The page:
nuclear number

nuclear number

[′nü·klē·ər ′nəm·bər]
(nuclear physics)
McGraw-Hill Dictionary of Scientific & Technical Terms, 6E, Copyright © 2003 by The McGraw-Hill Companies, Inc.
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The nuclear number would be much larger except for the hysteria over Three Mile Island and Chernobyl.
The neutron transmittance of the polarized lanthanum nuclear target, T is represented in terms of a transmittance of unpolarized target [T.sub.0], a nuclear polarization [P.sub.I], [[sigma].sub.0], a nuclear number density n, a target thickness L.
China's nuclear numbers remain small compared with those held
But these figures are dwarfed by other nuclear numbers. The Government recently bailed out the industry by bearing the cost of decommissioning current plants.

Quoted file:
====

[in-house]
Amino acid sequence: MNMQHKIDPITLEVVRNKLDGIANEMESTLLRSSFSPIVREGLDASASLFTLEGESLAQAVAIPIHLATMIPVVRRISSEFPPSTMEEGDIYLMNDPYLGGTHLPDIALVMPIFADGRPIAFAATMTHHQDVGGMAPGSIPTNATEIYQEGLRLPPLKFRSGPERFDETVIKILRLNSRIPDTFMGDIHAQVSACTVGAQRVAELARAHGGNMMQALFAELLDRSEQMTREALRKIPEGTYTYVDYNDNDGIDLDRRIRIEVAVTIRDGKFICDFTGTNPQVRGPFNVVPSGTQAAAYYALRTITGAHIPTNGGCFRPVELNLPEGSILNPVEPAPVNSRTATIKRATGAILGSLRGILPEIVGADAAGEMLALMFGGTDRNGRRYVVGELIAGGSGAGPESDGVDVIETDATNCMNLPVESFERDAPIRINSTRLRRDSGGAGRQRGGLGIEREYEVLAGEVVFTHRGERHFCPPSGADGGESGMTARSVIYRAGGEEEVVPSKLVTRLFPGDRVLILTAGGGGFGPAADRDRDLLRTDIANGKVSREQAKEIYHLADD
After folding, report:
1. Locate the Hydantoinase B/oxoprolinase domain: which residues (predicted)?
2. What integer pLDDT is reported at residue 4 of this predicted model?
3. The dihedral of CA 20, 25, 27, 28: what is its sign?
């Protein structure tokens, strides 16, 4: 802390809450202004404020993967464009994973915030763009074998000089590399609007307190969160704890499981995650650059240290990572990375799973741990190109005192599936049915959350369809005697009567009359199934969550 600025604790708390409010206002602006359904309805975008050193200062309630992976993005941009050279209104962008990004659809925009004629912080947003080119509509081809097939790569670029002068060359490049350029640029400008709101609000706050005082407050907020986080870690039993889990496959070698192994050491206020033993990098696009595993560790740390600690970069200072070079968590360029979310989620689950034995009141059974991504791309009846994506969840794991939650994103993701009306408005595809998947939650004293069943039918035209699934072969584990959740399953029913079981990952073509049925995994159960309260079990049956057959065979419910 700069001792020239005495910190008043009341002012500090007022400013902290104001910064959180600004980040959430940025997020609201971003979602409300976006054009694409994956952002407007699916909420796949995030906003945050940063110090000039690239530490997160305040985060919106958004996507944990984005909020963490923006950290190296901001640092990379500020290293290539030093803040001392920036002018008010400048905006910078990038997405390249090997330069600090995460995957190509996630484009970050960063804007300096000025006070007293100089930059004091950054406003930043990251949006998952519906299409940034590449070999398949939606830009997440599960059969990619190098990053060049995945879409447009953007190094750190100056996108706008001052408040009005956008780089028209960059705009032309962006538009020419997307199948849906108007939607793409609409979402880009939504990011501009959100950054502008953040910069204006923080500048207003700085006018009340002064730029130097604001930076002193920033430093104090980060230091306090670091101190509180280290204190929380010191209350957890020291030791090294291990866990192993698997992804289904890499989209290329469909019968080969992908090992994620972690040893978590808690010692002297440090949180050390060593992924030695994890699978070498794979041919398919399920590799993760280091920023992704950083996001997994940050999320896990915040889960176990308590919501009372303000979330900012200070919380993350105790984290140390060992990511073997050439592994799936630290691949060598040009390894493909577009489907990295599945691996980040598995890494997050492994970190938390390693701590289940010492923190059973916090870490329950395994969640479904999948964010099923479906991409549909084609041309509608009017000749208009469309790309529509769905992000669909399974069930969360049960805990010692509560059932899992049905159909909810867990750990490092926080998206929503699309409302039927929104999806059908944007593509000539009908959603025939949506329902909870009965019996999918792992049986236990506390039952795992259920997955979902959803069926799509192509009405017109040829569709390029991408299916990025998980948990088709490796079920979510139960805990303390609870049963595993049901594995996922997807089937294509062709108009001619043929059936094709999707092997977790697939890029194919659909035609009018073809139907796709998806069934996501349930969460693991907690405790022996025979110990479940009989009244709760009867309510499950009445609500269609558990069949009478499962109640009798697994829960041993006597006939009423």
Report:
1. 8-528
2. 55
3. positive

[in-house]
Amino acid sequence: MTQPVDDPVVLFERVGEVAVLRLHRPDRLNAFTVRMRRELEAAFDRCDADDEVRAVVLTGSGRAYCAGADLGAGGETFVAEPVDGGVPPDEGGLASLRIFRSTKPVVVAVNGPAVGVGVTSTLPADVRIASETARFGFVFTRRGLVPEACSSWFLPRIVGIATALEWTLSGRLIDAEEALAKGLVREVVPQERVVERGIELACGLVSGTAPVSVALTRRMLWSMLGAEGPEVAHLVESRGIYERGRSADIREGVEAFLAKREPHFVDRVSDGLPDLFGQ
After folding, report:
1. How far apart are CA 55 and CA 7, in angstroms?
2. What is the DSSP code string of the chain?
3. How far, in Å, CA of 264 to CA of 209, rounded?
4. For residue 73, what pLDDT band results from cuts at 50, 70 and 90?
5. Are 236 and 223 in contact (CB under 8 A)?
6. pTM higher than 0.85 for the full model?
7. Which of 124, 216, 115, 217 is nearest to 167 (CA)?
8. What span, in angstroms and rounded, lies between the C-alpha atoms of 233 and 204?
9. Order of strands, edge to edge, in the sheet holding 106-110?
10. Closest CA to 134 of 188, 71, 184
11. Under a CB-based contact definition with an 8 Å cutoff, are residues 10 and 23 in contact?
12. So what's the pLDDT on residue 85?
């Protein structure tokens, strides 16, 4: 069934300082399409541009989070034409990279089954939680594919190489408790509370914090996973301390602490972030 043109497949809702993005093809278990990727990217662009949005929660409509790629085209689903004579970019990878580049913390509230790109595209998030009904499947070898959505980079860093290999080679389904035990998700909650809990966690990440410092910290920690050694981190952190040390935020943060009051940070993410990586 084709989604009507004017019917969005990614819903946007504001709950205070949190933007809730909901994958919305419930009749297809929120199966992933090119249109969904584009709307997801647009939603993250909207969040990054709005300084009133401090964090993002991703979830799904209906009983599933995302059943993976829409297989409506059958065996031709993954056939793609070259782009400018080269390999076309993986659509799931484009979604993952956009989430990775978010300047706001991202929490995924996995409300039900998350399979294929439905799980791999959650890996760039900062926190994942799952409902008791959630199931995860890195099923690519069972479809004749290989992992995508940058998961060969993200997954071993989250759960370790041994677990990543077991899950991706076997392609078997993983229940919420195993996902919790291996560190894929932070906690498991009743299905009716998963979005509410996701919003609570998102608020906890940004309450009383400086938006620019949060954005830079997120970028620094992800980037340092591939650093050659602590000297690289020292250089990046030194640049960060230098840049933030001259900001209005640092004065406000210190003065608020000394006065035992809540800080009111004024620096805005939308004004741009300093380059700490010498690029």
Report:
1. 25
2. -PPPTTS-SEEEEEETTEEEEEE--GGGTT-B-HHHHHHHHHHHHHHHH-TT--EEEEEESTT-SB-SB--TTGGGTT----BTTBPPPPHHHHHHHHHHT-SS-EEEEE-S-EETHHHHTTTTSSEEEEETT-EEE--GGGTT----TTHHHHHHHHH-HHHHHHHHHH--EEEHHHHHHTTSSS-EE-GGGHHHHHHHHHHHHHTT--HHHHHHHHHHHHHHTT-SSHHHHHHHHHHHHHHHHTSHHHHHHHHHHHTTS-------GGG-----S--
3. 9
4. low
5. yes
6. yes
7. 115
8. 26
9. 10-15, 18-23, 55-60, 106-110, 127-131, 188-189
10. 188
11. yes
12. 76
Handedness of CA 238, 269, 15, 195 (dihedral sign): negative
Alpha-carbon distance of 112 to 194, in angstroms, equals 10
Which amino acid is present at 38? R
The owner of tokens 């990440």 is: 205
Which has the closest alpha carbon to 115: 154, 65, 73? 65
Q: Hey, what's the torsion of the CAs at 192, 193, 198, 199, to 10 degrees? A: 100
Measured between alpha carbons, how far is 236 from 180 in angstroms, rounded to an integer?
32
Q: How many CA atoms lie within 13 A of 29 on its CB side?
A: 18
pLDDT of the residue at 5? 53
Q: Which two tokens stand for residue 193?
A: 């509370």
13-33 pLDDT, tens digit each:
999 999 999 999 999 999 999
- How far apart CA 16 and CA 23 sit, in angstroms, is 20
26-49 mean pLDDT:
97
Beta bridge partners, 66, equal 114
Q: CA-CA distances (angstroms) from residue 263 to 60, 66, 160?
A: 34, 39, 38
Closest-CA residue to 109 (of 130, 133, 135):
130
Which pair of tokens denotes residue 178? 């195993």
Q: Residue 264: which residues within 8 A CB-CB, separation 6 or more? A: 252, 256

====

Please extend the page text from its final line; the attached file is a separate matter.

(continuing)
China's nuclear numbers remain puny compared with those of Russia and the United States.
The same holds true with nuclear numbers. Simply put, large arsenals buy statesmen little.
Moreover, leaders socialized to the dangers of nuclear weapons seem to understand that while numbers count, a small number of nuclear weapons are more than enough to dissuade the staunchest of rivals, even ones with comparably large nuclear numbers. Again, China's behavior is instructive.
As mentioned, China's nuclear numbers remain relatively small compared to those of the United States and Russia--approximately 400 nuclear weapons, with about 200 operationally deployed.
Adopting a minimum deterrent strategy, China's nuclear numbers remain relatively small compared to the large numbers held by the United States and Russia.

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